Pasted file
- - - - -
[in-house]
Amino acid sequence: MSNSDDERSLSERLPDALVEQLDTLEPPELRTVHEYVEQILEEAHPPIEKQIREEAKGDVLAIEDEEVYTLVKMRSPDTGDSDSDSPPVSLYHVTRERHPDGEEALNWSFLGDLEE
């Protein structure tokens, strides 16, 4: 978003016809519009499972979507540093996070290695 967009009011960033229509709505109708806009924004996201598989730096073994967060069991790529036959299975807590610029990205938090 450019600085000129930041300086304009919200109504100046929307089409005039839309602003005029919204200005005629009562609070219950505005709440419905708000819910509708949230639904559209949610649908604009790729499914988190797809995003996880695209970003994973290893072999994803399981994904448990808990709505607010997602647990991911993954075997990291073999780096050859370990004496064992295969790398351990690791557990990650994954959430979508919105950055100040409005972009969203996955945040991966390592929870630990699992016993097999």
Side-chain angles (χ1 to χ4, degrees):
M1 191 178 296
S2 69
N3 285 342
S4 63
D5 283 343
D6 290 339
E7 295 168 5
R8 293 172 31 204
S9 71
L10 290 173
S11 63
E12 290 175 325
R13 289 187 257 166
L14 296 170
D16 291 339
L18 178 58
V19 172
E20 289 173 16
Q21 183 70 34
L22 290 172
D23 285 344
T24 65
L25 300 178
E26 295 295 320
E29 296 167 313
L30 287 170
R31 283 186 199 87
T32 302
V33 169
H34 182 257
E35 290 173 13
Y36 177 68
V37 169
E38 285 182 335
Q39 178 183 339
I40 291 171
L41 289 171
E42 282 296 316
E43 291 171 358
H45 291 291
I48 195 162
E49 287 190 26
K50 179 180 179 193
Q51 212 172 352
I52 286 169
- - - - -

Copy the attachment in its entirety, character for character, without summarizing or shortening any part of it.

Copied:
[in-house]
Amino acid sequence: MSNSDDERSLSERLPDALVEQLDTLEPPELRTVHEYVEQILEEAHPPIEKQIREEAKGDVLAIEDEEVYTLVKMRSPDTGDSDSDSPPVSLYHVTRERHPDGEEALNWSFLGDLEE
């Protein structure tokens, strides 16, 4: 978003016809519009499972979507540093996070290695 967009009011960033229509709505109708806009924004996201598989730096073994967060069991790529036959299975807590610029990205938090 450019600085000129930041300086304009919200109504100046929307089409005039839309602003005029919204200005005629009562609070219950505005709440419905708000819910509708949230639904559209949610649908604009790729499914988190797809995003996880695209970003994973290893072999994803399981994904448990808990709505607010997602647990991911993954075997990291073999780096050859370990004496064992295969790398351990690791557990990650994954959430979508919105950055100040409005972009969203996955945040991966390592929870630990699992016993097999």
Side-chain angles (χ1 to χ4, degrees):
M1 191 178 296
S2 69
N3 285 342
S4 63
D5 283 343
D6 290 339
E7 295 168 5
R8 293 172 31 204
S9 71
L10 290 173
S11 63
E12 290 175 325
R13 289 187 257 166
L14 296 170
D16 291 339
L18 178 58
V19 172
E20 289 173 16
Q21 183 70 34
L22 290 172
D23 285 344
T24 65
L25 300 178
E26 295 295 320
E29 296 167 313
L30 287 170
R31 283 186 199 87
T32 302
V33 169
H34 182 257
E35 290 173 13
Y36 177 68
V37 169
E38 285 182 335
Q39 178 183 339
I40 291 171
L41 289 171
E42 282 296 316
E43 291 171 358
H45 291 291
I48 195 162
E49 287 190 26
K50 179 180 179 193
Q51 212 172 352
I52 286 169